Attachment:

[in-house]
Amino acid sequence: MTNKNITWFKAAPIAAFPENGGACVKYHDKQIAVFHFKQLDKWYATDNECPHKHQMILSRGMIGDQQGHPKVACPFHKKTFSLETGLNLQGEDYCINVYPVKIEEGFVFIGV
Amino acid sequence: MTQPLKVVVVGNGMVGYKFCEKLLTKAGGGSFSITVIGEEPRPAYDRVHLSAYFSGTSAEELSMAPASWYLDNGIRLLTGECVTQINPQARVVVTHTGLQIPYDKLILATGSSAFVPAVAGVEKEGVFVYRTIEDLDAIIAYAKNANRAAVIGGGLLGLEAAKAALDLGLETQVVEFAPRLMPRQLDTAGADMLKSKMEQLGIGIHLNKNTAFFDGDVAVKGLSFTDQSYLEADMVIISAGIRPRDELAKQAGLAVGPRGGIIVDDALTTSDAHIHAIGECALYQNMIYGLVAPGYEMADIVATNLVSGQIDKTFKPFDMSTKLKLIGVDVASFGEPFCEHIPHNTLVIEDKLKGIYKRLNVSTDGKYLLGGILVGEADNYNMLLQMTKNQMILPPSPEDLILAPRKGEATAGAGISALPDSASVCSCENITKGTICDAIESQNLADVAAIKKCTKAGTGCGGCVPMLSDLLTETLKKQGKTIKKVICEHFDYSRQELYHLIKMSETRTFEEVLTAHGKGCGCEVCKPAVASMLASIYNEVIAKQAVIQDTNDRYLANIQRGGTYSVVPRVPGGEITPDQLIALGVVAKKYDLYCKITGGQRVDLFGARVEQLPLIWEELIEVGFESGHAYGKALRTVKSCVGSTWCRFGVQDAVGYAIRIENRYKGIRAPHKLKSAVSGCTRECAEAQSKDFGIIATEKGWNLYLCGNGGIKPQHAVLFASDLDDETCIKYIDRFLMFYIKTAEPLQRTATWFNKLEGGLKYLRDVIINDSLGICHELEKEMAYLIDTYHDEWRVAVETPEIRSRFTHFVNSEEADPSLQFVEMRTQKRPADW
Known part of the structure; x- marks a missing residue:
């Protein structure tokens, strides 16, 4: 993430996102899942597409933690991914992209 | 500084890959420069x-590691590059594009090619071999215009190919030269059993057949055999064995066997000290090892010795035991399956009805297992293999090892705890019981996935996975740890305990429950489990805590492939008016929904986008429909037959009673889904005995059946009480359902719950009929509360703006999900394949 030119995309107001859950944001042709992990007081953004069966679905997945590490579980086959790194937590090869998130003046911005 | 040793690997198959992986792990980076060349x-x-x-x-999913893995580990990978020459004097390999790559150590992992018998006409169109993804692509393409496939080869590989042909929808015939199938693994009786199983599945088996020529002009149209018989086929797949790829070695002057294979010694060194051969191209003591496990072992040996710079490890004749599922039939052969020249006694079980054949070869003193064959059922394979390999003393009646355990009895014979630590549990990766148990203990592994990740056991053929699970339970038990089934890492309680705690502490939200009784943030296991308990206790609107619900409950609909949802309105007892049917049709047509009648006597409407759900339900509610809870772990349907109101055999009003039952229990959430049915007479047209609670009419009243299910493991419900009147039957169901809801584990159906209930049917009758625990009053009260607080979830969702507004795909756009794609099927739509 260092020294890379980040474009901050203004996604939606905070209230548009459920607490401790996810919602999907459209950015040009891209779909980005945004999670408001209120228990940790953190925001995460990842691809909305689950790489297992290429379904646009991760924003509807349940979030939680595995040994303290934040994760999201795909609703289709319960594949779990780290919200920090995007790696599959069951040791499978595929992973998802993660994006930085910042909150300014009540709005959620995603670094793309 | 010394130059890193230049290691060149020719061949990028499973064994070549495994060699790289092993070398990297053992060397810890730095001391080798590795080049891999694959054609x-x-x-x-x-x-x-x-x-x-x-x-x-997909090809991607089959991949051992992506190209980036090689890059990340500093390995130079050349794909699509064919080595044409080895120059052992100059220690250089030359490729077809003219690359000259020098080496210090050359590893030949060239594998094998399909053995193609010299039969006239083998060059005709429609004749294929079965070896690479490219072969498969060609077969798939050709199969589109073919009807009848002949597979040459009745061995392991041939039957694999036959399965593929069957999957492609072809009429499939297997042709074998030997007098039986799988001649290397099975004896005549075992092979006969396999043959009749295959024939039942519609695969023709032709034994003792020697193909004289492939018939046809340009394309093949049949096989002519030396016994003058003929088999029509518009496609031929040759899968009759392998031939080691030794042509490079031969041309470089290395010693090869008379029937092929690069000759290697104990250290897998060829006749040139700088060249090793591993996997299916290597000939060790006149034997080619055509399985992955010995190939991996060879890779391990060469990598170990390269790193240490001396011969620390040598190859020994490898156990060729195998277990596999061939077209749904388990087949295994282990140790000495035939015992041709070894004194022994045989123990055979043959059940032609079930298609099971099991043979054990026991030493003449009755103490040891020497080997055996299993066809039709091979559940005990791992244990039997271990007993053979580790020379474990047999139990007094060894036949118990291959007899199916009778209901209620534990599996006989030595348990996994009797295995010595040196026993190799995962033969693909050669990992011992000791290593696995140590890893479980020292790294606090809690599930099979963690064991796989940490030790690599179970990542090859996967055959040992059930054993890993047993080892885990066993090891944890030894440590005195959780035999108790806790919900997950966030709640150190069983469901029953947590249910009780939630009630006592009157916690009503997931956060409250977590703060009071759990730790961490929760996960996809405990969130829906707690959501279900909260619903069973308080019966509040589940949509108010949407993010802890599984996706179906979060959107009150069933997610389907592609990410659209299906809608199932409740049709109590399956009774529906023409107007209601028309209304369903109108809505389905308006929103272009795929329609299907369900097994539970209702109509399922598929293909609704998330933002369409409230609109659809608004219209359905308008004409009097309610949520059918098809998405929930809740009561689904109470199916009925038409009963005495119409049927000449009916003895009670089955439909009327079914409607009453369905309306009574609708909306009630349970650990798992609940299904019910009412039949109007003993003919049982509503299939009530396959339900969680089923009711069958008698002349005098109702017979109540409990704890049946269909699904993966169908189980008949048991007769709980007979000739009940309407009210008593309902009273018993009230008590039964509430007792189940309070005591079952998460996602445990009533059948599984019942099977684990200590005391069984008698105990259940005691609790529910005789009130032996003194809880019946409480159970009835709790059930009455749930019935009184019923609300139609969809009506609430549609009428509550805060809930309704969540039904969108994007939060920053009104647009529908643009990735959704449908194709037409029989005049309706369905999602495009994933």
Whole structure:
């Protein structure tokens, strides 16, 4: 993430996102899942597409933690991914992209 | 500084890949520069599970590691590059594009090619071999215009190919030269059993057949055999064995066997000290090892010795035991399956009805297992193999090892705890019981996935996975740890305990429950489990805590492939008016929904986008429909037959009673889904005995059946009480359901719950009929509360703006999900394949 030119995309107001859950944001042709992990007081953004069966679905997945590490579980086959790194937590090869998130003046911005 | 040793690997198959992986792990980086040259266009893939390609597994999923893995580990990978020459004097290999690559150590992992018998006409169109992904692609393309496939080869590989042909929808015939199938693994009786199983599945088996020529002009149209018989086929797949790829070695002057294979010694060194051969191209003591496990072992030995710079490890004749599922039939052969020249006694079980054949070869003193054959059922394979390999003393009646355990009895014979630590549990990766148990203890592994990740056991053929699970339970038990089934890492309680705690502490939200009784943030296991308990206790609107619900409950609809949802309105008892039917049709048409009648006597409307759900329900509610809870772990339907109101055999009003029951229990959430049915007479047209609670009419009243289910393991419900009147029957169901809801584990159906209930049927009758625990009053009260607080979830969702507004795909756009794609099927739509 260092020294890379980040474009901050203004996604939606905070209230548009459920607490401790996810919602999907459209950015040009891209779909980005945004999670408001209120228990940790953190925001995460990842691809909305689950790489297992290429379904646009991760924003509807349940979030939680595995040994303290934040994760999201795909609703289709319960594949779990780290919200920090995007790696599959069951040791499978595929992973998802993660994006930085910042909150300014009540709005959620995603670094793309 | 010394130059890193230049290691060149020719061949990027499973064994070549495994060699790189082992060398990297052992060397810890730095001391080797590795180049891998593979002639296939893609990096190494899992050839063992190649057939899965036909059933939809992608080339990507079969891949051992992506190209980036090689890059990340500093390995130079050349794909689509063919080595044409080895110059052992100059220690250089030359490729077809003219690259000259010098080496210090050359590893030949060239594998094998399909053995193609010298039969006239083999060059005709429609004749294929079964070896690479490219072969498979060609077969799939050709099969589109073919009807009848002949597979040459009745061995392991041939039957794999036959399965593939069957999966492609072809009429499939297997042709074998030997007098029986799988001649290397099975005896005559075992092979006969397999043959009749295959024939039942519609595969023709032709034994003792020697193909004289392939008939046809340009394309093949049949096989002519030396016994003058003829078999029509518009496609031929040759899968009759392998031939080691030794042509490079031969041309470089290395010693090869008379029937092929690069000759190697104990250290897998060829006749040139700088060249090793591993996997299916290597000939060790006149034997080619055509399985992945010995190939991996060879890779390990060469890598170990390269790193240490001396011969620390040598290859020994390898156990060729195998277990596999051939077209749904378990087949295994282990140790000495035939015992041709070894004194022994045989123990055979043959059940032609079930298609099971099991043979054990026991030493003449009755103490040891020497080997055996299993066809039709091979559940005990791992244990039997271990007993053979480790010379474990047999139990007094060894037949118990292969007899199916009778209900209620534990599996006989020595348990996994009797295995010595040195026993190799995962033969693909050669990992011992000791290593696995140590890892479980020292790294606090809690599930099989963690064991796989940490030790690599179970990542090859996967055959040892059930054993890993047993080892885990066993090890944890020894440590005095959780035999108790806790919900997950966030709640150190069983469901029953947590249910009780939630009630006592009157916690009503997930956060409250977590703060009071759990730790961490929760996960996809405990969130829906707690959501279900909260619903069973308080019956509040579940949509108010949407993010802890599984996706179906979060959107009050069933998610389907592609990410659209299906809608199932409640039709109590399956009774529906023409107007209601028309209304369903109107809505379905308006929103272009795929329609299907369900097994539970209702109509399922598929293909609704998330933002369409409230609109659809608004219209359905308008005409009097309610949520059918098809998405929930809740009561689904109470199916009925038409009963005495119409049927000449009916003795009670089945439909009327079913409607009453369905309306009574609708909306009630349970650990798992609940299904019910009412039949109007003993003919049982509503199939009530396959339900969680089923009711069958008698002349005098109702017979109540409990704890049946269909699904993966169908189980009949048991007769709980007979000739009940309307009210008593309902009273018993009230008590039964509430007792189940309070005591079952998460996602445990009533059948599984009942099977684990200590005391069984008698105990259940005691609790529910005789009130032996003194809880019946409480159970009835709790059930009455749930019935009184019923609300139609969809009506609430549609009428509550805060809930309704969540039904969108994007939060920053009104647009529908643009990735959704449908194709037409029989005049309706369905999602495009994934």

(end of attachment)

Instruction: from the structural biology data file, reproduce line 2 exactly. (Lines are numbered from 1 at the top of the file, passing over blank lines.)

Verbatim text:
Amino acid sequence: MTNKNITWFKAAPIAAFPENGGACVKYHDKQIAVFHFKQLDKWYATDNECPHKHQMILSRGMIGDQQGHPKVACPFHKKTFSLETGLNLQGEDYCINVYPVKIEEGFVFIGV